‘The Work Between Us’: Black British Artists and Exhibition Histories
Bluecoat, School Lane Liverpool L1 3BX
20 Jan 2016
09:00 to 18:00
How do artists of African and Asian descent in Britain feature in the story of twentieth-century art?
This one-day symposium will unearth the stories behind exhibitions that have put the practices of African and Asian descent artists on Britain’s cultural map. Lucy Steeds (Afterall Journal), artists Sonia Boyce and Keith Piper, and international curator Paul Goodwin are amongst the speakers discussing ground-breaking exhibitions such as The Other Story, The Image Employed, and Trophies of Empire, bringing to light how they came about, what their impact was and how the artworks in them have peppered and punctuated major developments in twentieth-century art.
Since the 1980s there have been several exhibitions that have taken important steps in illuminating the relationship between black British artistic practices and the well-known narratives in art’s varied histories. The Other Story is one of the best-known of these key exhibitions, breaking ground as the first retrospective exhibition of modernist works by British artists of African, Asian and Caribbean descent, and moreover as the first to attempt to initiate a broader and more cosmopolitan perception of British modernist art. Although The Other Story is often referenced in the historicisation of black British art, particularly in relation to its reception by black artists, scholars and in the press, its position in global discourses of art is often overshadowed by a perception of the exhibition as a parochial event in art history.
Such an understanding of The Other Story may have resulted from what Jean Fisher identified in her 1997 essay ‘The Work Between us’ as our inability to assess ‘the truth of an event’ as a consequence of ‘prefabricated interpretations of reality and opinions circulated by media channels’. 
If the truth of an event – or the significance and impact of an exhibition – is to be brought to light, we must first do the vital work of revisiting exhibitions as objects of study, and in a much deeper and more nuanced way.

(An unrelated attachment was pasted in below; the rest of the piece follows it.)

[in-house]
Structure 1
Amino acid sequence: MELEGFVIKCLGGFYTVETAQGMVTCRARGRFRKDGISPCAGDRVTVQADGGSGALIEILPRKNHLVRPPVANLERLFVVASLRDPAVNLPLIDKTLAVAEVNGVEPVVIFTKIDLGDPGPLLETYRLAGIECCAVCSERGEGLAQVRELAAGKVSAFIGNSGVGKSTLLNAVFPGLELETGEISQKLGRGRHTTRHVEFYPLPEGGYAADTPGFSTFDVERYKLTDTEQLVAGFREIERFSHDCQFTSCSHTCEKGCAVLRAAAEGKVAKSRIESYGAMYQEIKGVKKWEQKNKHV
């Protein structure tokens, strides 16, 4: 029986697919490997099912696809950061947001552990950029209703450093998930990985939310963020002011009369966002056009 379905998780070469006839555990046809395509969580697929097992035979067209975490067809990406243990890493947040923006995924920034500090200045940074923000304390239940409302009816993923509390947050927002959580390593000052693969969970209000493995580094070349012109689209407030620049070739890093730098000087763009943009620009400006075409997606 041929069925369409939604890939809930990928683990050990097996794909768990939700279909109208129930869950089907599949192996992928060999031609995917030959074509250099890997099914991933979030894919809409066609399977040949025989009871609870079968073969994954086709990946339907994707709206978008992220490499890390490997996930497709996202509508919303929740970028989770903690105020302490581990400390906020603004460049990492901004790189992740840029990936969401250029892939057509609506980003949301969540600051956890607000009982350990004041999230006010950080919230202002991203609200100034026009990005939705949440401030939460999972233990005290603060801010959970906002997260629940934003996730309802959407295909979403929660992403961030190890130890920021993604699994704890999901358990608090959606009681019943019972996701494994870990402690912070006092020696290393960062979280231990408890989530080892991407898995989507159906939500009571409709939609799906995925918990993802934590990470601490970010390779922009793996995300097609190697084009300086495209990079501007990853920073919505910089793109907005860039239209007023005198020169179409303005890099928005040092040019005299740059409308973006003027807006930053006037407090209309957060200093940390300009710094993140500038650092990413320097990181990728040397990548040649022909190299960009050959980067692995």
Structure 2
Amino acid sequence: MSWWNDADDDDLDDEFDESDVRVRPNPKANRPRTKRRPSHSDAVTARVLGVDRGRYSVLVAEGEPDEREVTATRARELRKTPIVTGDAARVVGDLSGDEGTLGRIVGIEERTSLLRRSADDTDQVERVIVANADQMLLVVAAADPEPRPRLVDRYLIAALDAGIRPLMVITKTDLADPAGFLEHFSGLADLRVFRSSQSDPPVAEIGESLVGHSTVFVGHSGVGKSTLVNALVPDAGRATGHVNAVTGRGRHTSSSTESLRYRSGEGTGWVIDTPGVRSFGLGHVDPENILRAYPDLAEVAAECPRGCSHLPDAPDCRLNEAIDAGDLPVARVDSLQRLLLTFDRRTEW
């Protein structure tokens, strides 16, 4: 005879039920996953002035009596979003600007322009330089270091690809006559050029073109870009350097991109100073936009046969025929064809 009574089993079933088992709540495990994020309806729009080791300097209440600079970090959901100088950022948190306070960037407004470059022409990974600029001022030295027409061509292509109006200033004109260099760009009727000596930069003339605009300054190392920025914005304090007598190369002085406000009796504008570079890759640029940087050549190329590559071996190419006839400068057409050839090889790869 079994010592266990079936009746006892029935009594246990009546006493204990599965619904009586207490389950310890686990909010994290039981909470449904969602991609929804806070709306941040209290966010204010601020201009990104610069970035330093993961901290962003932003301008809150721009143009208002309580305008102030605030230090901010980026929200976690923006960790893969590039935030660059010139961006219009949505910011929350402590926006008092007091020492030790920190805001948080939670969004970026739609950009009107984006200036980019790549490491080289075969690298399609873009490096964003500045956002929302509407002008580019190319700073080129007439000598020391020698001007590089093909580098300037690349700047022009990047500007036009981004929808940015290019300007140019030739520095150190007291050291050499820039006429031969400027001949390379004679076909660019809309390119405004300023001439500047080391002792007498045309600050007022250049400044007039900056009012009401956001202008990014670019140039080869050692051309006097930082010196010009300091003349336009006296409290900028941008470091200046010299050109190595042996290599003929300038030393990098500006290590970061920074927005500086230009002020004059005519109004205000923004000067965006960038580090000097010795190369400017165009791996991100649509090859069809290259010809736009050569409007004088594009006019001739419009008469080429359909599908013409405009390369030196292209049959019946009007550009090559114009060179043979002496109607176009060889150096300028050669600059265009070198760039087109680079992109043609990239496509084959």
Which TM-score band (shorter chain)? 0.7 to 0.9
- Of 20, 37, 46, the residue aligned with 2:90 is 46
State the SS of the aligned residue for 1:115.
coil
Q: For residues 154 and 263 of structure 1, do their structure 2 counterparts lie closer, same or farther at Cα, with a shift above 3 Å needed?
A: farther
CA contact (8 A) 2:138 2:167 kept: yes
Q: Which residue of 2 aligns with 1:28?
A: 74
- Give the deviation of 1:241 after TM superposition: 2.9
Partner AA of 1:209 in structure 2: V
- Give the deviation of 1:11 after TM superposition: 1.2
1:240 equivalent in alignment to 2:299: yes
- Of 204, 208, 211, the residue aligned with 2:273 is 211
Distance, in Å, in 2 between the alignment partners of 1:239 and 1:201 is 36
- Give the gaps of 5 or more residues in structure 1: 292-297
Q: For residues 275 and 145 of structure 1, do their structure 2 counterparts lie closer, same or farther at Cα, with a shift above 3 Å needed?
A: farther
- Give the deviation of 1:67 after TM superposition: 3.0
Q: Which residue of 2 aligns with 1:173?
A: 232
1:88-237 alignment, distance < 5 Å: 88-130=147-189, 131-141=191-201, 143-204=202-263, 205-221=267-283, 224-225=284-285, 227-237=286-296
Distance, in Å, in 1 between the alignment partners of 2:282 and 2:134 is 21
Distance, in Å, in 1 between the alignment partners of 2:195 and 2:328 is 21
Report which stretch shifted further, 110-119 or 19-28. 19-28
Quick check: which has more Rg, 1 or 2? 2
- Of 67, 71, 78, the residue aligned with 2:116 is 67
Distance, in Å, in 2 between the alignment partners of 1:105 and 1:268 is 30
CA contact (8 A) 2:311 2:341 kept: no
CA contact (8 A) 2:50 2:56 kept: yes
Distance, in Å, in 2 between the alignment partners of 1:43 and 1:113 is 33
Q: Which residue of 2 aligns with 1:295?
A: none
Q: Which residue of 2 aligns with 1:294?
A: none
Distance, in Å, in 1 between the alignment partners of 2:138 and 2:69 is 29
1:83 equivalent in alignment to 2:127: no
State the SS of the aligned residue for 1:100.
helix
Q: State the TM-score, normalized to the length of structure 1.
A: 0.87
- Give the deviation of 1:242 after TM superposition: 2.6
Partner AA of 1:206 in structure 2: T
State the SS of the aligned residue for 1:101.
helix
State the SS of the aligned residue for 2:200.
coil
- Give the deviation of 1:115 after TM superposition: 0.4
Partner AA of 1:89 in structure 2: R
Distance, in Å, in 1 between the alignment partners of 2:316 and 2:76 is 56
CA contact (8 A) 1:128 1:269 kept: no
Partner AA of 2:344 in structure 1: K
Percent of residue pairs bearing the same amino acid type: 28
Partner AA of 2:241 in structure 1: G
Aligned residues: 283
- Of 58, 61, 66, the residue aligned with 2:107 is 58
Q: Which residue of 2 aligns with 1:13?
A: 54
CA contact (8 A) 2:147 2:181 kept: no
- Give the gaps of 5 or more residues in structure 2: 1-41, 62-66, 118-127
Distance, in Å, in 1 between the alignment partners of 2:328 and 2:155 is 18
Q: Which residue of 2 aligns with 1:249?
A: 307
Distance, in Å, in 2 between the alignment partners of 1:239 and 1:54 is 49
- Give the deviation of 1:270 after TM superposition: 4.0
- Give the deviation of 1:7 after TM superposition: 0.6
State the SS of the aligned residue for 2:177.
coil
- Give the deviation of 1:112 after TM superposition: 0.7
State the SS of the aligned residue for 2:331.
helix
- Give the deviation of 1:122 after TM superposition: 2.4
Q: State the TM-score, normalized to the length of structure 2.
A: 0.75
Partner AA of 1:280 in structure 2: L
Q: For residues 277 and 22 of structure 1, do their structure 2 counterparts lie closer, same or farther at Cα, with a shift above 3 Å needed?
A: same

Taking Fisher’s plea to attend to ‘the work between us’ as a starting point, this one-day symposium will:
- establish a discourse around black British artistic and curatorial practices within the burgeoning academic fields of exhibition studies and exhibition histories.
- examine key, but often overlooked exhibitions involving black British artists and will explore their impact on artists and art institutions, their subsequent historiography and the absence of certain artists and artworks from them.
Given that artworks are intimately bound up with the mode of their appearance in exhibitions, such a focus is essential in ensuring that black artistic practices are framed within central discourses of art and its histories, and not in the parochial spheres that their concomitant exhibitions often have been.
- Bryan Biggs MBE
- Sonia Boyce MBE
- Bev Bytheway
- Alice Correia
- Anjalie Dalal-Clayton
- Paul Goodwin
- Jean Hui Ng
- Sophie Orlando
- Keith Piper
- Marlene Smith
- Lucy Steeds
Plenary chaired by Dr David Dibosa, with artist Nina Edge, Dr susan pui san lok, and Dr Leon Wainwright.
The symposium is organised by Black Artists and Modernism (University of the Arts, London and Middlesex University) a 3-year, AHRC funded research programme investigating the often-understated connections and points of conflict between black British artistic practices and objects and their relationship to modernism.
 At a 2009 symposium titled ‘Exhibitions and the World at Large’ (2009) which focused on the year 1989 and the exhibitions Magiciens de la Terre,The Other Story and the 3rd Havana Biennale, a participant questioned the inclusion of The Other Story, stating that it was ‘so provincial’.
 Jean Fisher, 1997, ‘The Work Between Us’ in Trade Routes: History and Geography, Johannesburg Biennale, p.20